Newswire (Published: Tuesday, December 31, 2019, Received: Tuesday, December 31, 2019, 5:20:06 PM CST)

Word Count: 361

2019 DEC 31 (NewsRx) -- By a News Reporter-Staff News Editor at Cancer Daily -- Researchers detail new data in Oncology - Prostate Cancer. According to news reporting out of Munich, Germany, by NewsRx editors, research stated, “A Currently, decision-making regarding biochemical recurrence (BCR) following prostatectomy relies solely on clinical parameters. We therefore attempted to develop an integrated prediction model based on a molecular signature and clinicopathological features, in order to forecast the risk for BCR and guide clinical decision-making for postoperative therapy.”

Our news journalists obtained a quote from the research from University Hospital, “Using high-throughput screening and least absolute shrinkage and selection operator (LASSO) in the training set, a novel gene signature for biochemical recurrence-free survival (BCRFS) was established. Validation of the prognostic value was performed in five other independent datasets, including our patient cohort. Multivariate Cox regression analysis was performed to evaluate the importance of risk for BCR. Time-dependent receiver operating characteristic (tROC) was used to evaluate the predictive power. In combination with relevant clinicopathological features, a decision tree was built to improve the risk stratification. The gene signature exhibited a strong capacity for identifying high-risk BCR patients, and multivariate Cox regression analysis demonstrated that the gene signature consistently acted as a risk factor for BCR. The decision tree was successfully able to identify the high-risk subgroup.”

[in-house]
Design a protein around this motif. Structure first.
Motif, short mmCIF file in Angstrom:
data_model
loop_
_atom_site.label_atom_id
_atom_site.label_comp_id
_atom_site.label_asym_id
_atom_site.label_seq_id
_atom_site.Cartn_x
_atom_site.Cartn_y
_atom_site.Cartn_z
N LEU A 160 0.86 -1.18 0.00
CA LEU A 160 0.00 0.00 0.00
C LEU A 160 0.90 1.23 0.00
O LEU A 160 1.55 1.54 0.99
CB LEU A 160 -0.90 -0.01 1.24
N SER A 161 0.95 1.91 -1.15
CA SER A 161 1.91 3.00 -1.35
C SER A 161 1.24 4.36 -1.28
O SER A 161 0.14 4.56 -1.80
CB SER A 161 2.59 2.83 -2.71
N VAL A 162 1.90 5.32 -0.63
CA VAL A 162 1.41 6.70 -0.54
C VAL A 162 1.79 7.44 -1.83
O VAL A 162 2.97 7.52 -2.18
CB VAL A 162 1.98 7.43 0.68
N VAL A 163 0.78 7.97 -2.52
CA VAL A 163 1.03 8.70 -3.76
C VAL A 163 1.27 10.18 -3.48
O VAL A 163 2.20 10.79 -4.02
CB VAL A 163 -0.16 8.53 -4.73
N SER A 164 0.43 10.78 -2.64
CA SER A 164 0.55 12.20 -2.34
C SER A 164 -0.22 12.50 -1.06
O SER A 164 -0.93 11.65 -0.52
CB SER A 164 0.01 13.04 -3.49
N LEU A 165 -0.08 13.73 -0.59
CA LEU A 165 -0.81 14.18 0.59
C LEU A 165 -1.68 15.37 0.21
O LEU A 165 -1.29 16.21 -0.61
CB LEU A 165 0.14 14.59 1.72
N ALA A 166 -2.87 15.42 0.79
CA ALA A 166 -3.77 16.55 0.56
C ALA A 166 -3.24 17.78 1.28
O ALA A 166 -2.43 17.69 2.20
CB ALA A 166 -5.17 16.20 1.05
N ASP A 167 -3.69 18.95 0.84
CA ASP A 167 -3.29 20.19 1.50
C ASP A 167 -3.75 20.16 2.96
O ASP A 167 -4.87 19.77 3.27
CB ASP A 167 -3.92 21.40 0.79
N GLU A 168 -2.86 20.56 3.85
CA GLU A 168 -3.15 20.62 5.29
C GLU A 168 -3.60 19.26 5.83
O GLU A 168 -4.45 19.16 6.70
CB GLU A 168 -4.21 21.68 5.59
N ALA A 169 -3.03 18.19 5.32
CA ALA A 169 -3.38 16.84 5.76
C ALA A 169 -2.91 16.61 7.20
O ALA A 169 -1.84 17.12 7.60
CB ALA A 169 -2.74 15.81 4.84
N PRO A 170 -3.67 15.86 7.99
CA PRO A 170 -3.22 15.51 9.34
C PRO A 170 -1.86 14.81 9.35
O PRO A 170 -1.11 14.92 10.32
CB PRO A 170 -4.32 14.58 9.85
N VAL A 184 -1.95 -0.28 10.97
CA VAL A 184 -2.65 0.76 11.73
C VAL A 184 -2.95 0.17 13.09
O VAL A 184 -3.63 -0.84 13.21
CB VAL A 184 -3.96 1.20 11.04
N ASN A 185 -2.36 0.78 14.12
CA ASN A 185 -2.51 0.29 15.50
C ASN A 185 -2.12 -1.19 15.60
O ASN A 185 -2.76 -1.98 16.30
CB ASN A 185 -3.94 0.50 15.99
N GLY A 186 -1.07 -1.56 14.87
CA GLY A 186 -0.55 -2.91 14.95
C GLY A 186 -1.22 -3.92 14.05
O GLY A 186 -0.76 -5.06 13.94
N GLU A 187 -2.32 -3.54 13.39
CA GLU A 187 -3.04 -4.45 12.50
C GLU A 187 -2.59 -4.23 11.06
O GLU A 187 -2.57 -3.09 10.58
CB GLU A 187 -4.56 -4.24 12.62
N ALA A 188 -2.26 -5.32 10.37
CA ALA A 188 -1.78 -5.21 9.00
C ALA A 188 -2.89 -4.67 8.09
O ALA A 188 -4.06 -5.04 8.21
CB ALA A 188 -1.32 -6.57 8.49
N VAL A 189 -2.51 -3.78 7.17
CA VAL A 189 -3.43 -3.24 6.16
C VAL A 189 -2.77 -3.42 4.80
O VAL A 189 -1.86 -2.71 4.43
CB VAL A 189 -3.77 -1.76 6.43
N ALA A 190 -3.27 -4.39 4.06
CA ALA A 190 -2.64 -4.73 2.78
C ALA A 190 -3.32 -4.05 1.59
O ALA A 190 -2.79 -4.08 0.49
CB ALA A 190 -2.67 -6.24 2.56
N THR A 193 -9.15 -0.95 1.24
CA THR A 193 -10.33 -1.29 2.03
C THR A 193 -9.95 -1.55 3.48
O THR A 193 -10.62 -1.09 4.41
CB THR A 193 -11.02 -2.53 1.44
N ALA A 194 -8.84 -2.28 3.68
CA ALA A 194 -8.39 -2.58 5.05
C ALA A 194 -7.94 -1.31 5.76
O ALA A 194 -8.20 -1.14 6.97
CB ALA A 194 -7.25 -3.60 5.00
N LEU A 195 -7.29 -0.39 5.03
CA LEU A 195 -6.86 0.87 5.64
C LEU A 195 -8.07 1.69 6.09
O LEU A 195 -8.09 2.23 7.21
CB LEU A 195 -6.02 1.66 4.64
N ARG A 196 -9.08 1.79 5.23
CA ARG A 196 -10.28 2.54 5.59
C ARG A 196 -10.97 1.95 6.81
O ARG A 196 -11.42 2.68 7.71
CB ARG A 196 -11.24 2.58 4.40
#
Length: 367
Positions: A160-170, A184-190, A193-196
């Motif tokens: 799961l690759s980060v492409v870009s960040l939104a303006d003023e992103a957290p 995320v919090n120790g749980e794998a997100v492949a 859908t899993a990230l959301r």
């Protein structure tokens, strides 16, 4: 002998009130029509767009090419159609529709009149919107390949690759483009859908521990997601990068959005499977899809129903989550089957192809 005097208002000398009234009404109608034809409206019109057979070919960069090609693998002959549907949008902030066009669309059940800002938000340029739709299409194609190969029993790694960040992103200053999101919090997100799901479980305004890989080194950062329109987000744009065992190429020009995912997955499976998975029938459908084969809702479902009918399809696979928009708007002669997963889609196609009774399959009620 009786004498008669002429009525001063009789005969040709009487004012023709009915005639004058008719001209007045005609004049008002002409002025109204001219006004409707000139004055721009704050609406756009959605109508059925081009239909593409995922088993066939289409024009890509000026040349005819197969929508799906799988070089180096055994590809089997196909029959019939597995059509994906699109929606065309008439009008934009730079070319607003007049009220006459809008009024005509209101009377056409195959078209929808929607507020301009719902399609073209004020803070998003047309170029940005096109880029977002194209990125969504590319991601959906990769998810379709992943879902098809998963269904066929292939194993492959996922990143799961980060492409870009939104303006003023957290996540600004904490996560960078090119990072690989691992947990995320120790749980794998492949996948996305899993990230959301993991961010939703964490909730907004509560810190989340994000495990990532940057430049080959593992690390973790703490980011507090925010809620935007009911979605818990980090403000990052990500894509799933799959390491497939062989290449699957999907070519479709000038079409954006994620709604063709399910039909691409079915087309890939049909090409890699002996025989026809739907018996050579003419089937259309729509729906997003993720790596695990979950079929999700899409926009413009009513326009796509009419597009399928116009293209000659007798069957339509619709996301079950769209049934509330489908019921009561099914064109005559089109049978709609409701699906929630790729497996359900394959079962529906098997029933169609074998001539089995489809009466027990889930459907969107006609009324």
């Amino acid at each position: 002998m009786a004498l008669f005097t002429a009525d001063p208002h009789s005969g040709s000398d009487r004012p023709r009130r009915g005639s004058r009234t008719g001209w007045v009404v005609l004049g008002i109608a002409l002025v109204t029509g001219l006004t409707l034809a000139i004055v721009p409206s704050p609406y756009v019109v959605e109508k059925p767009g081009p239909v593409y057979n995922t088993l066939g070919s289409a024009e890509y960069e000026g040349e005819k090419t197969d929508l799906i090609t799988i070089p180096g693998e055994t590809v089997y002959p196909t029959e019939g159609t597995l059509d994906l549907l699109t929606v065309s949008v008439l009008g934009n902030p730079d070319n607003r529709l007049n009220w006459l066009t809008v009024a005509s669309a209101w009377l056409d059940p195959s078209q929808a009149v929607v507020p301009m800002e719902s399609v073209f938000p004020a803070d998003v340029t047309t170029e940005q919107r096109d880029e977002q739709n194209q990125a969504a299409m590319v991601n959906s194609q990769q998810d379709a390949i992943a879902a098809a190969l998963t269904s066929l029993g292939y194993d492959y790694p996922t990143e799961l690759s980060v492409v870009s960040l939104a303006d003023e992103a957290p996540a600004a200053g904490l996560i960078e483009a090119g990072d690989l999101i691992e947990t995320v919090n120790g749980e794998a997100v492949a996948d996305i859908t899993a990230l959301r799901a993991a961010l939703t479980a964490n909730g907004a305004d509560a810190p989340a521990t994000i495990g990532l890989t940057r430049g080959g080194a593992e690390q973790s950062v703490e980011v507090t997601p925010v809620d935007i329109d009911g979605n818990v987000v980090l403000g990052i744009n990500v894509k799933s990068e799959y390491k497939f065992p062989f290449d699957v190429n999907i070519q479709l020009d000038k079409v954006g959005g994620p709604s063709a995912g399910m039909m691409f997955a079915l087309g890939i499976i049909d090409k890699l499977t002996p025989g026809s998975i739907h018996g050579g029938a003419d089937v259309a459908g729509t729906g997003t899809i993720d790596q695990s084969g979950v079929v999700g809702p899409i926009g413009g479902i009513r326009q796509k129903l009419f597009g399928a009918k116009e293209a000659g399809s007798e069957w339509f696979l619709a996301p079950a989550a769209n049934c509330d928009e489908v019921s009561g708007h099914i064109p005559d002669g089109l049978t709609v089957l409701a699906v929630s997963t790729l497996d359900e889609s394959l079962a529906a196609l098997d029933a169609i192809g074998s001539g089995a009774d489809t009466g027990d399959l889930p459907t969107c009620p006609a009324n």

According to the news editors, the research concluded: “Overall, the gene signature established in the present study is a powerful predictor and risk factor for BCR after radical prostatectomy.”

For more information on this research see: A Novel Gene Signature-Based Model Predicts Biochemical Recurrence-Free Survival in Prostate Cancer Patients after Radical Prostatectomy. Cancers, 2019;12(1):.

Our news journalists report that additional information may be obtained by contacting R. Shi, Dept. of Radiation Oncology, University Hospital, LMU Munich, D-81377 Munich, Germany. Additional authors for this research include X. Bao, J. Weischenfeldt, C. Schaefer, P. Rogowski, N.S. Schmidt-Hegemann, K. Unger, K. Lauber, X. Wang, A. Buchner, C. Stief, T. Schlomm, C. Belka and M. Li.

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